I think about how difficult it is for normal humans to bring lethal force to bear on other humans. It’s taken hundreds of years of military training to figure out a way to beat this innate inclination out of people. Absent military training, if someone is trying to kill multiple people, he is likely unwell. But whether this guy was well or unwell, these actions came from him, from his soul, from is own volition.

          It’s a vain hope, because it’s already happening, but using an event like this to score points, or say “it’s about time” or make any sort of smug remark just makes me physically queasy. (And I see my friends of both political sides doing it.)

          Reply
            1. Bryan Caskey

              Well, in fairness to my old college friend (who’s pretty left-leaning) he was saying “it’s about time that the GOP getting around to deploring ‘2nd Amendment remedies'”

              Which is a reference to Sharron Angle’s quote of: “And you know, I’m hoping that we’re not getting to Second Amendment remedies. I hope the vote will be the cure for the Harry Reid problems.” So he wasn’t saying that “it was about time” someone got shot. He was just trying to say the GOP has encouraged political violence so this is karma, which is only slightly less awful, I guess.

              Which is EXACTLY why I was so dreading this shooting being politically motivated. It’s done nothing but inspire people to do their little smug thing and say it’s “karma” for being an NRA supporter, or something equally as awful.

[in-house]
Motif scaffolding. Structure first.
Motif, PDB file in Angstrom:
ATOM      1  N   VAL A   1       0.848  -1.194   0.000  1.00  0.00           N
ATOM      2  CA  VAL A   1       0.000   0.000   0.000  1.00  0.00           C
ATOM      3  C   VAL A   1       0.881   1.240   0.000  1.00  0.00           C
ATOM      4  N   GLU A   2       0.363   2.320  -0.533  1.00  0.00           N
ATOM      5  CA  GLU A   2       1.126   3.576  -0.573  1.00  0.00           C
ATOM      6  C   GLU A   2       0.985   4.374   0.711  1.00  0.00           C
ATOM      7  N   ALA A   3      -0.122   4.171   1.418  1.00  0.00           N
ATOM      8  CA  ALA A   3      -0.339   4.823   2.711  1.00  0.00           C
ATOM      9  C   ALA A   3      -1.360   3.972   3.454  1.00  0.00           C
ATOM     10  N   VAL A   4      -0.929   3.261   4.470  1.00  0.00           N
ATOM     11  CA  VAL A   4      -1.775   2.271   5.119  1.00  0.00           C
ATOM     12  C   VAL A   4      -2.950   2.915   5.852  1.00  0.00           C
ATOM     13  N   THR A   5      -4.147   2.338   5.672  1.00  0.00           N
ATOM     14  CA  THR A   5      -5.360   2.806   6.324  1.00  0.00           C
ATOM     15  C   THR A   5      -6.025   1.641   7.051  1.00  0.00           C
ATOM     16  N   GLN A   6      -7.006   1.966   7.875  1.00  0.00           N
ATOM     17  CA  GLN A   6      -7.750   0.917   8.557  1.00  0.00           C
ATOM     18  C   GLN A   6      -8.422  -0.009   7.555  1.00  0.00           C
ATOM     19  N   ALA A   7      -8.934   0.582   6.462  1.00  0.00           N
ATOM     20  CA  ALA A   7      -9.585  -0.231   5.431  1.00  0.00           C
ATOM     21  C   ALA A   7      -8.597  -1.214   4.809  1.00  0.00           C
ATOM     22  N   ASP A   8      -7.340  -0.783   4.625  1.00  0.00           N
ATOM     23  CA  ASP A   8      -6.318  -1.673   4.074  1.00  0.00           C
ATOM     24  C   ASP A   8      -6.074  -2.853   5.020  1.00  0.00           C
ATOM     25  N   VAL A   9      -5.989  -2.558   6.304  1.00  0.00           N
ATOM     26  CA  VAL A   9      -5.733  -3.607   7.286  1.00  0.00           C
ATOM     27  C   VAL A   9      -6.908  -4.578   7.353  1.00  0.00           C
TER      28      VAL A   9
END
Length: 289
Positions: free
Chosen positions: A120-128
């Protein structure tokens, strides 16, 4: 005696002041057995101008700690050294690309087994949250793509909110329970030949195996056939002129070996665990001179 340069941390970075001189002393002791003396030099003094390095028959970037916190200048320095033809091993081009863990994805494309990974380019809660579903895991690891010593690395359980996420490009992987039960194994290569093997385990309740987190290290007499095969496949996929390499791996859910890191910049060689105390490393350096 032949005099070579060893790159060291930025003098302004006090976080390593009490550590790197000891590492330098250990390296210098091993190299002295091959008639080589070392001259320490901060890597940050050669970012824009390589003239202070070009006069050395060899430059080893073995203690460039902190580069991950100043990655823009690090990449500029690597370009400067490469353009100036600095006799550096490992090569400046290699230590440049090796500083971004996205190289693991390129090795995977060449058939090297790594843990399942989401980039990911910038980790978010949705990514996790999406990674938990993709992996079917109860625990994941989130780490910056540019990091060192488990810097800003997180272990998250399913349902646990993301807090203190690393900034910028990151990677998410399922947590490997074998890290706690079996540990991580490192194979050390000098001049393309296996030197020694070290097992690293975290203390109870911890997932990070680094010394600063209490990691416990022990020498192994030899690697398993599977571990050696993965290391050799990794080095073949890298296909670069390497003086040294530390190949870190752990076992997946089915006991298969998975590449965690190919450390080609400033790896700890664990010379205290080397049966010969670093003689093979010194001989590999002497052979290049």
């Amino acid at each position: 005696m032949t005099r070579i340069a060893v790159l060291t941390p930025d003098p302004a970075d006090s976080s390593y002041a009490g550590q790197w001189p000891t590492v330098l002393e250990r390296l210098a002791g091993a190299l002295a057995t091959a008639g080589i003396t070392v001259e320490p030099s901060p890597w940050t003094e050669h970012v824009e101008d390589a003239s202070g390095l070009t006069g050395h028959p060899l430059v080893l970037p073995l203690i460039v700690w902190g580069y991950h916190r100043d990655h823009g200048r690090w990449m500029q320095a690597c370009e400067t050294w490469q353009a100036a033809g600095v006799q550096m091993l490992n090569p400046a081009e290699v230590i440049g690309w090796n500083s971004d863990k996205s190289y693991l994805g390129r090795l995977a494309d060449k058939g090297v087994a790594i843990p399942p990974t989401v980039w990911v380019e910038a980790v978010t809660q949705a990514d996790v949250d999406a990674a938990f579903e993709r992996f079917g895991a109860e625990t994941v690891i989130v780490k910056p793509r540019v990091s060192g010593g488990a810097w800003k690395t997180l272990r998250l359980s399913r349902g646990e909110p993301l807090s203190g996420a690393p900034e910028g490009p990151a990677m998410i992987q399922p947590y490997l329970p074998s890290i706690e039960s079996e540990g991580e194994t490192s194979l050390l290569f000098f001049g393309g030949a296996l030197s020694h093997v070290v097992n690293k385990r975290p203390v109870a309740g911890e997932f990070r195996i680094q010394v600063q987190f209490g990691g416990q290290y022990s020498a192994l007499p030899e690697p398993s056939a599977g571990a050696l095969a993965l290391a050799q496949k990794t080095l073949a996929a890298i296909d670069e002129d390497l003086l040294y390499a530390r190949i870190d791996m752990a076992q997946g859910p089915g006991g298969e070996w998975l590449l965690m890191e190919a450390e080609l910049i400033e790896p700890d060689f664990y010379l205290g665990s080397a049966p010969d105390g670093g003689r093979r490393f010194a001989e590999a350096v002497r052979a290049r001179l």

It makes me think about how nice it would be to do weeks and weeks of nothing but blue-water sailing with Jack and Stephen – just living in a small wooden world, with the same routine every day. Nothing but waves, the breeze, the perfect blue dome of sky, and a routine. It would be nice to just escape from the political venom that’s infected our entire country.

              Reply
              1. Doug Ross

                ” It would be nice to just escape from the political venom that’s infected our entire country.”

                It’s very possible to do that. Don’t turn on the TV, certainly not to any of the channels like CNN, FOX, or MSNBC whose sole existence is to fan the flames. Decide what you can and can’t change in this world and focus on the former. Take a walk.

                Reply
                1. Brad Warthen Post author